New Media Art(ifically) Intelligent and Algorithmic? An Exploration into the Potential of the ‘New’ in AI and Algorithms as Producing Artworks
A submission by Goran Kusić, Jeanelle Grech and Marthe van de Graaff
Who doesn’t love an introduction?
The notion that machines can mimic features of human cognition has intrigued the new media art world in recent years. During the last half century, machine learning algorithms have progressed far enough that artificial neural networks can produce images that artists have written in computer programs in order to generate algorithmic art. According to Broeckmann (2016, 108) algorithms have found many different uses in art – they can generate images, shape human and machine interactions, and design objects.
Peters (2015, 28) polemicized that there is a technicality in mind and body, hence the humanities function as disciplines where culture is stored, interpreted and transmitted. According to him, in music, dance and poetry there is counting, and there is writing. From there one could posit that all art forms carry a technological quality which combines mind, body, space and technology http://mirziamov.ru/zaym-bez-otkaza. This research follows the line of thought where artistic creation is an amalgamation of the material, the technical, conceptual, physical and ideological. Therein lies the broad potential of algorithmic and AI creation, because it questions authenticity, agency, and our own beliefs of what creativity is, and how we can understand and/or develop it further. Miller (2020, chap.VI, para.1) proposes that when we program computers according to our understanding of creativity, that we cannot yet imagine a creativity that would belong to a computer that develops it without us. Herein lies our main question: How to treat the potentials that algorithms and AI provide in New Media art production?
To answer the research question and respond to the emerging debates from the concepts proposed, a literature review is conducted together with a close reading of the attached artworks. An experiment is conducted at the end of the research project with the free tool Artbreeder, which allows for AI image manipulation across several categories.
An inquiry into AI and algorithmic art is interesting for media and other scholars alike. The interdisciplinary nature of the research and the many possible angles of examination make the field compelling, as well as challenging for inspection. In new media studies it opens debates on the use of data, the agency of technology, the potentials and pitfalls of artificial intelligence and algorithm use.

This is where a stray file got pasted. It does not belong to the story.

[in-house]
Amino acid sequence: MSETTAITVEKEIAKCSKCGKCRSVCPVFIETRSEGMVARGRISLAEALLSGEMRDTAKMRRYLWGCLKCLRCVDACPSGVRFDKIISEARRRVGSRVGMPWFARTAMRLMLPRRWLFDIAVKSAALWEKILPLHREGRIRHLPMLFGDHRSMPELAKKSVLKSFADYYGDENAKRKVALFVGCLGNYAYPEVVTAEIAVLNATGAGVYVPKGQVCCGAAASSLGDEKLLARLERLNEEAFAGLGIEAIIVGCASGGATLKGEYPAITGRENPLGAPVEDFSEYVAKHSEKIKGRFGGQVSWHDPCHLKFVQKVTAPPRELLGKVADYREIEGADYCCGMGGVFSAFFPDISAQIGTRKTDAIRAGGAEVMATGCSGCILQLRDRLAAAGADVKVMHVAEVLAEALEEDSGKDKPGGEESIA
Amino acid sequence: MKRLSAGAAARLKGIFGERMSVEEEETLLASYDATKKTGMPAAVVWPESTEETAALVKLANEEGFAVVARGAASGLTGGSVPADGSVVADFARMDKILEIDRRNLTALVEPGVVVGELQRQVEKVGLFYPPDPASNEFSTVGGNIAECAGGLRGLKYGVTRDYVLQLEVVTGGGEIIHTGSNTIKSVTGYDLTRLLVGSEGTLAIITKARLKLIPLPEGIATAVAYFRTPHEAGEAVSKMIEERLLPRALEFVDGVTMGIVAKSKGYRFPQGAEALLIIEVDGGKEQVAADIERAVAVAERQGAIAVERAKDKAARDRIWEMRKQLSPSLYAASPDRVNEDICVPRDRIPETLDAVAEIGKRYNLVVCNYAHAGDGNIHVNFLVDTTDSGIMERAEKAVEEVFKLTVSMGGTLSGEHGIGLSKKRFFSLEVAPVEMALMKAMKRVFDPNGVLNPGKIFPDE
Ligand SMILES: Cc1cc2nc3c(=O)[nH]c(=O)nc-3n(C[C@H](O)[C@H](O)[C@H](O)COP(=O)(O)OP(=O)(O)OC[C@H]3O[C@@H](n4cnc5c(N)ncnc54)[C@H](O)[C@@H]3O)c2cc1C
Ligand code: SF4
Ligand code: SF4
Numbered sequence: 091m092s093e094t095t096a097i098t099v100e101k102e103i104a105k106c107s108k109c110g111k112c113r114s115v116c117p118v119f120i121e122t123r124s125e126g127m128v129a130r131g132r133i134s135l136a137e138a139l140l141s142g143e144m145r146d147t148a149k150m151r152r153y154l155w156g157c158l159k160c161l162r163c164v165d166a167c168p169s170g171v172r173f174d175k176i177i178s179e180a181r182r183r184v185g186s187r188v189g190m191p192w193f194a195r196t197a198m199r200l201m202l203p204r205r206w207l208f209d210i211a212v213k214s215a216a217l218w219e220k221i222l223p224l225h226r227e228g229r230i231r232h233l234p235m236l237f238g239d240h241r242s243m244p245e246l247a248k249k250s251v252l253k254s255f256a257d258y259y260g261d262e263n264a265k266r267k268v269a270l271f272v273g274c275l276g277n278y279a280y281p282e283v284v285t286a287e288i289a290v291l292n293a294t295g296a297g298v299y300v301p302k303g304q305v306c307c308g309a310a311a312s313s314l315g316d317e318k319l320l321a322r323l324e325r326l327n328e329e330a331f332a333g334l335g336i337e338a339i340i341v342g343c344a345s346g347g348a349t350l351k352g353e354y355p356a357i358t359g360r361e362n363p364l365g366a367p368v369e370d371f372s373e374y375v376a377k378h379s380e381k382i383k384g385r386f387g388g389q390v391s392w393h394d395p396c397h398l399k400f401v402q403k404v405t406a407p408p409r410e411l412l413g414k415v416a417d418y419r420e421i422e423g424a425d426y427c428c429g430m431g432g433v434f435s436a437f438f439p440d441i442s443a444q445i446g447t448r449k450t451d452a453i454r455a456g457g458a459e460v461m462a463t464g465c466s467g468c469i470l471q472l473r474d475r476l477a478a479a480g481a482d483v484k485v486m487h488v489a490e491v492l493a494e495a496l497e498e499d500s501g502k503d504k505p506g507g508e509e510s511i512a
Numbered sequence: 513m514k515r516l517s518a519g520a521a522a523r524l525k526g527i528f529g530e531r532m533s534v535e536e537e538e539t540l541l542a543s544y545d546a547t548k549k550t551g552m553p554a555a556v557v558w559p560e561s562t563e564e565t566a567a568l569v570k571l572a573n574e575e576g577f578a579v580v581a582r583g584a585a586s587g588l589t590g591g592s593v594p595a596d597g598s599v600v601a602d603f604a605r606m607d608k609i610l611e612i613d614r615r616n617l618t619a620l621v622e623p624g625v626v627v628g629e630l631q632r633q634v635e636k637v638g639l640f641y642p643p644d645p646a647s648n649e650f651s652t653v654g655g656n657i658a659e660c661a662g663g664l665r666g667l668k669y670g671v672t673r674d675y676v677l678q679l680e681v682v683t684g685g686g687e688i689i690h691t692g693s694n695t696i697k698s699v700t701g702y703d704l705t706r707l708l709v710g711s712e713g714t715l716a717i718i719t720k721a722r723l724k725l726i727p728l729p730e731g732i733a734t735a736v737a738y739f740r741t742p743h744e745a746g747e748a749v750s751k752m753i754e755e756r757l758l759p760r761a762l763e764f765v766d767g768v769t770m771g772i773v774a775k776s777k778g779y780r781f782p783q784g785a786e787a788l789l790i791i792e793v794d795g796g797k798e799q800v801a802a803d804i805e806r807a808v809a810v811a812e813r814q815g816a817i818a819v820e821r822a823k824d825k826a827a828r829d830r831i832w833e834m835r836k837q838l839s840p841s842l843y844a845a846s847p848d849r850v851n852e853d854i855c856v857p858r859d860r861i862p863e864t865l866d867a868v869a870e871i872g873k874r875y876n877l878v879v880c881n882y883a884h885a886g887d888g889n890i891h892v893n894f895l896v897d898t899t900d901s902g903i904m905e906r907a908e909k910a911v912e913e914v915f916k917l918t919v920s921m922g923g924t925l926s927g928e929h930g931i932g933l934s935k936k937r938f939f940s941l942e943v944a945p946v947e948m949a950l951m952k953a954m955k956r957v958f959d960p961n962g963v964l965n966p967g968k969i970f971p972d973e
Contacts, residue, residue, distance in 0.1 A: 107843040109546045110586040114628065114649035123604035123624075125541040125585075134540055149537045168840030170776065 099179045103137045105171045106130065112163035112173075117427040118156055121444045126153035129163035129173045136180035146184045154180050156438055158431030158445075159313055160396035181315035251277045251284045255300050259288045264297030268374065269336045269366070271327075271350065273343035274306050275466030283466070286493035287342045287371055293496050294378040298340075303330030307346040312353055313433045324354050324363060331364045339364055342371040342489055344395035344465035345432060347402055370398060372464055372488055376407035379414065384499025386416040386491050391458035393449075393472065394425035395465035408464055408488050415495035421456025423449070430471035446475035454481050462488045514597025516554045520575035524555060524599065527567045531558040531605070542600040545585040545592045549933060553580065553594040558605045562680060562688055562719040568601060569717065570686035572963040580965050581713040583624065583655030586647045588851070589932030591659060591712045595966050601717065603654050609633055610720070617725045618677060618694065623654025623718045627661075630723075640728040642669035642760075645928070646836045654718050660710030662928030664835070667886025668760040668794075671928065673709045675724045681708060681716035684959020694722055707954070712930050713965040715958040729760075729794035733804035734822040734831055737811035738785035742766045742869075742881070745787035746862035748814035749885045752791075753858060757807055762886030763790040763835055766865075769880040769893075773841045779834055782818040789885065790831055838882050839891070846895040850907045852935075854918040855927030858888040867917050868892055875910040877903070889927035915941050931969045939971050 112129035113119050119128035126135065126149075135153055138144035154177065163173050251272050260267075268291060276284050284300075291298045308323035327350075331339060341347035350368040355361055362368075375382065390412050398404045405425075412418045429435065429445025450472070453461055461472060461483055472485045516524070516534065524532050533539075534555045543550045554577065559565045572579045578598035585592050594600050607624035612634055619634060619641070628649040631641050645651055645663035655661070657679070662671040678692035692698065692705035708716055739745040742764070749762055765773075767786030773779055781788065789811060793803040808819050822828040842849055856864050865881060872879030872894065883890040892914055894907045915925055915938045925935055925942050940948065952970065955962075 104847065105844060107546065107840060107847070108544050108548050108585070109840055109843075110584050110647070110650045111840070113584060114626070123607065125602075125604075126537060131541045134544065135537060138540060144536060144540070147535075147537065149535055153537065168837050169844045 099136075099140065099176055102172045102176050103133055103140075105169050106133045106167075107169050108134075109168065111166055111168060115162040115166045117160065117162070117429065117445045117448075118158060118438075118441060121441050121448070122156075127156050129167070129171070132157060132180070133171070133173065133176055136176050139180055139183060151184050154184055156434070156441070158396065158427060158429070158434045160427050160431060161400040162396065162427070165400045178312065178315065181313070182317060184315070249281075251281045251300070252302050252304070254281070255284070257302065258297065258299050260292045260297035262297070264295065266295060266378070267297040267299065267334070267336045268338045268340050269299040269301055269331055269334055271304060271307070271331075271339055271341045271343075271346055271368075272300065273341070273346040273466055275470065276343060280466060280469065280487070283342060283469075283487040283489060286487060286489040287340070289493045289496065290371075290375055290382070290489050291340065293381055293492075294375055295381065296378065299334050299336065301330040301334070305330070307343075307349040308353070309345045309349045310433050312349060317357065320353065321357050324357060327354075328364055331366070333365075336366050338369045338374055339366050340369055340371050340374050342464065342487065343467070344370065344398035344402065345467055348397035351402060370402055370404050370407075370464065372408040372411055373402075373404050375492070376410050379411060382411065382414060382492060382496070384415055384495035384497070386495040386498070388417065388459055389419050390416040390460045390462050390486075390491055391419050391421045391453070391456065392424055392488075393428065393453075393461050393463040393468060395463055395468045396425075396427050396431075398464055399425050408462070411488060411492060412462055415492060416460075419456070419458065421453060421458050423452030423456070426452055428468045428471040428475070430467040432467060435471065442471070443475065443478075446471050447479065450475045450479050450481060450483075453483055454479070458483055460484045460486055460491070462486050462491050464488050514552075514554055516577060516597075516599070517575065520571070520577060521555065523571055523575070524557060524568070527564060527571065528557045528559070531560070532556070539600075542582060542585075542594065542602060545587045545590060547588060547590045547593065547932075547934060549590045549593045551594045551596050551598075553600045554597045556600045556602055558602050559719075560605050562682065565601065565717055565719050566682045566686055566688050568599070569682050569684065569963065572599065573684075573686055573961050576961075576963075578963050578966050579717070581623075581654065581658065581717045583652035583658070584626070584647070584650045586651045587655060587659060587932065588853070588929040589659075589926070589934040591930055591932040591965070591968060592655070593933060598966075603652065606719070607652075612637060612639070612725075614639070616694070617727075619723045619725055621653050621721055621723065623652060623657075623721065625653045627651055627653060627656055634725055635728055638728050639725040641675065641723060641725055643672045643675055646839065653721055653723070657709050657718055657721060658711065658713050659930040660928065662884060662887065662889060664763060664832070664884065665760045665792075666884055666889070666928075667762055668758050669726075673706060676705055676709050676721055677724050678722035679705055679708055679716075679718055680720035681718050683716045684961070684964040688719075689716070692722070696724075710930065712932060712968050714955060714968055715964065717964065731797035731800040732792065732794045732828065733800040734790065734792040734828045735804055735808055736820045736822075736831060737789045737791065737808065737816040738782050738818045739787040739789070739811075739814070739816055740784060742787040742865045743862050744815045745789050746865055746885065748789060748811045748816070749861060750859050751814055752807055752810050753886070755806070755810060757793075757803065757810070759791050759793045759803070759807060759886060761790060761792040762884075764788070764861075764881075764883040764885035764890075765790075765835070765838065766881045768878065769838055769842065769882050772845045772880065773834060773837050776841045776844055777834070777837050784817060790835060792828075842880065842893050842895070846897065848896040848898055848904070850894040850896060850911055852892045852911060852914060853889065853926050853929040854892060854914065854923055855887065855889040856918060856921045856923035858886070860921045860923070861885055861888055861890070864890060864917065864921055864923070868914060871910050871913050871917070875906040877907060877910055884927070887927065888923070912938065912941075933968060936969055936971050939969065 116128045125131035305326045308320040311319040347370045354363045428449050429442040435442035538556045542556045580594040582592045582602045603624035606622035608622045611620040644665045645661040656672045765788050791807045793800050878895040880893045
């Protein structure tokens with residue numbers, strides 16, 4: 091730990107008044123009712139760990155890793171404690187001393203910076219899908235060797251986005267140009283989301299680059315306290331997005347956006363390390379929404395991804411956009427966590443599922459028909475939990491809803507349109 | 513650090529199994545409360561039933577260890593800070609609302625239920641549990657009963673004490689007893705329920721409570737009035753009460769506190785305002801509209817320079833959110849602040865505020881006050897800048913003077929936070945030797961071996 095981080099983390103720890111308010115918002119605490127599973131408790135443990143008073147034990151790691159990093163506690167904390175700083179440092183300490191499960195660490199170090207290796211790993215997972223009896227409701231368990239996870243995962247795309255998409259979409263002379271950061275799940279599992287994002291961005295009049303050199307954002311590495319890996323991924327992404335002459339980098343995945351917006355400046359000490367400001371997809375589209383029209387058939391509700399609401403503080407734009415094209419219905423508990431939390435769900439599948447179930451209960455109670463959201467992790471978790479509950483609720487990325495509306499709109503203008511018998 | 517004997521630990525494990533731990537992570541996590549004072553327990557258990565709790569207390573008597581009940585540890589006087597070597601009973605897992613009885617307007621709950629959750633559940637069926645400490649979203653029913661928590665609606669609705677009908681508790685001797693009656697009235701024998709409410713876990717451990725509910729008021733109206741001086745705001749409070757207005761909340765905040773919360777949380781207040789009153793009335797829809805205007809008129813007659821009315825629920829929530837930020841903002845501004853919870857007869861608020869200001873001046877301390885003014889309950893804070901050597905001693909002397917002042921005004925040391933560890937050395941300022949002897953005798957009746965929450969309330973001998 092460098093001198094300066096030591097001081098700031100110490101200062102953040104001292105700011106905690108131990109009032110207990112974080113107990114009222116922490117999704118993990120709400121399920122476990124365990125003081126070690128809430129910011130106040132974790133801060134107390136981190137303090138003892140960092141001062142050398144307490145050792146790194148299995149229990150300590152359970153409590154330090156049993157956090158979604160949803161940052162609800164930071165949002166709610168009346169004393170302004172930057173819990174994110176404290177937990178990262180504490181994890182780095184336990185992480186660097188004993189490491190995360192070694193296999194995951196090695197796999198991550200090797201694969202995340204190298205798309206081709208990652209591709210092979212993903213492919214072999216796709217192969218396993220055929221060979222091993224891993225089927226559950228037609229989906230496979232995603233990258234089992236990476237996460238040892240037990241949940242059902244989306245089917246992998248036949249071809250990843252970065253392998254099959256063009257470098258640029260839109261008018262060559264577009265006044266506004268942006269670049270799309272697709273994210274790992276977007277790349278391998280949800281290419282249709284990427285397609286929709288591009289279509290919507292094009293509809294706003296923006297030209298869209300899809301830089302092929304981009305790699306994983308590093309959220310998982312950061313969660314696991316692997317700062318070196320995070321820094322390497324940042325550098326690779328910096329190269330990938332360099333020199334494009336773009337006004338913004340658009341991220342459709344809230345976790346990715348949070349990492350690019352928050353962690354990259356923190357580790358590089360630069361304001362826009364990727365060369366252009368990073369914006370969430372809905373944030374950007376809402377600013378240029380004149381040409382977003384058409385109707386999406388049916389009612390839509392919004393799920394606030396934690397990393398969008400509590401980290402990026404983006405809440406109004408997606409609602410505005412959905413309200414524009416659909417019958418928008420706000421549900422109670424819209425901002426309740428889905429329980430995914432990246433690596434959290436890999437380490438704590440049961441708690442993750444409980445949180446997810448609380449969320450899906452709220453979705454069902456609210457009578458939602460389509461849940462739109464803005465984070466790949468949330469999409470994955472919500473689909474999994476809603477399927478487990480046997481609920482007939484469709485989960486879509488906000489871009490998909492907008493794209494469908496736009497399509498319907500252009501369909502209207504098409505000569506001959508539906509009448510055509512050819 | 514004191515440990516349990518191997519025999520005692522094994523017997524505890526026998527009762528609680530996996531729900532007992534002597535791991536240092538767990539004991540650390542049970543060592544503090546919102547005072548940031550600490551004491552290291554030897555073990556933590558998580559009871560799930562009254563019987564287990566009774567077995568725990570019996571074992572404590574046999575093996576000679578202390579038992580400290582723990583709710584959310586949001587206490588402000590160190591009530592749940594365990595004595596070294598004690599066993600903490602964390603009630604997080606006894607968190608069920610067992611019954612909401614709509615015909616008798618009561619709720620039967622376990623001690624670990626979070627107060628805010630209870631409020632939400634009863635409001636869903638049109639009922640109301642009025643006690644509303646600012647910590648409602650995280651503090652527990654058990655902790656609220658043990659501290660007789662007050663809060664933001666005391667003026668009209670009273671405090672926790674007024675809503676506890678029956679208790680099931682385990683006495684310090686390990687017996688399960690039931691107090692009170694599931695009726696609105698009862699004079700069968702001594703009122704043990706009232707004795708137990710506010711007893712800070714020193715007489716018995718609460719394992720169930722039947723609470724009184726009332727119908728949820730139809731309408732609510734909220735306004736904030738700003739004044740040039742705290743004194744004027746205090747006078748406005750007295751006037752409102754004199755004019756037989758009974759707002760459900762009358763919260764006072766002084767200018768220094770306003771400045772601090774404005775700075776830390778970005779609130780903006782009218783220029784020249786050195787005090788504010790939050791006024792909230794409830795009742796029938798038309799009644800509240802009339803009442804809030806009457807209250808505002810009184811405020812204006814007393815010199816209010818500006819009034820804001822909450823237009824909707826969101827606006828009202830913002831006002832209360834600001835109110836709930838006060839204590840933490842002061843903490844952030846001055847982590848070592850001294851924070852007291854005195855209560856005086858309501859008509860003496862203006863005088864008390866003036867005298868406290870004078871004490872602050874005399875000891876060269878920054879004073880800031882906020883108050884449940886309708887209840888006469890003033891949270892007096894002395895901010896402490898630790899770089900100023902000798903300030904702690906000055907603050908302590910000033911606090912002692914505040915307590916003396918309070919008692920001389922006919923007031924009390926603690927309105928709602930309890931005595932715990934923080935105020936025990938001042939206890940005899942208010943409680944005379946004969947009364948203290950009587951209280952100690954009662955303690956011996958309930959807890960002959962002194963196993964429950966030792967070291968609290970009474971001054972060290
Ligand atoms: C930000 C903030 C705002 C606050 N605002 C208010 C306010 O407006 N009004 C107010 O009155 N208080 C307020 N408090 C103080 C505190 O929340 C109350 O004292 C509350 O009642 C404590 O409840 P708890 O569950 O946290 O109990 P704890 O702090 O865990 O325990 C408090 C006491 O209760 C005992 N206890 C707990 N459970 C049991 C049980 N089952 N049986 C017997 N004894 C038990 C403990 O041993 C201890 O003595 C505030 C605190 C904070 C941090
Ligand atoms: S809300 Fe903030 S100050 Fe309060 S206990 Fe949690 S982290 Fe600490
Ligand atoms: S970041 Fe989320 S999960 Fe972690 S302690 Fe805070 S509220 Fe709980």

Some historical Context is even better…
Since the late 1950s, when a group of engineers at Max Bense’s laboratory at the University of Stuttgart began experimenting with computer graphics, artists have been employing computers to make artworks. Frieder Nake, Georg Nees, Manfred Mohr, Vera Molnár, and a slew of other artists experimented with the use of mainframe computers, plotters, and algorithms to create visually appealing artifacts (Garcia 2016). It is interesting to see how humans and machines are working together with art, which many consider to be a cultural practice that is linked to the human mind and skill rather than a machine. One of the earlier practitioners of this form is artist Harold Cohen, who wrote the program AARON in 1973 to produce drawings that followed a set of rules he had created. In describing the creation of AARON, Cohen wrote that the versions prior to 1980 worked with aspects of human cognition, making it possible for the program to understand similarities, positions, repetitive patters; he described it as a system for an expert, because it served as research tool to expand the researcher’s knowledge, instead of encapsulating the knowledge for others to use (ibid). Cohen continued to develop and refine AARON for the rest of his career, but the program maintained its core design of performing tasks as directed by the artist.
A theoretical Framework is especially lovable…
Big Data has been a compelling research topic across scholarly disciplines and its exacerbation as a crucial component of digital infrastructures has only furthered the polarizing debates concerning the concept. For the purpose of this paper, we look at Big Data as one of the necessary components in the creation of algorithmic and AI art. The working definition that is used as the lens for this paper follows Boyd and Crawford’s (2012, 663) division into three dimensions: (1)the technological – which looks at computation power and algorithmic accuracy to tackle large datasets for analysis; (2) the analysis dimension – which is relevant for identifying patterns in order to make overarching claims; (3) the mythology surrounding data – which proposes that through the use of big data insights and possibilities occur that offer new intelligence previously unattainable.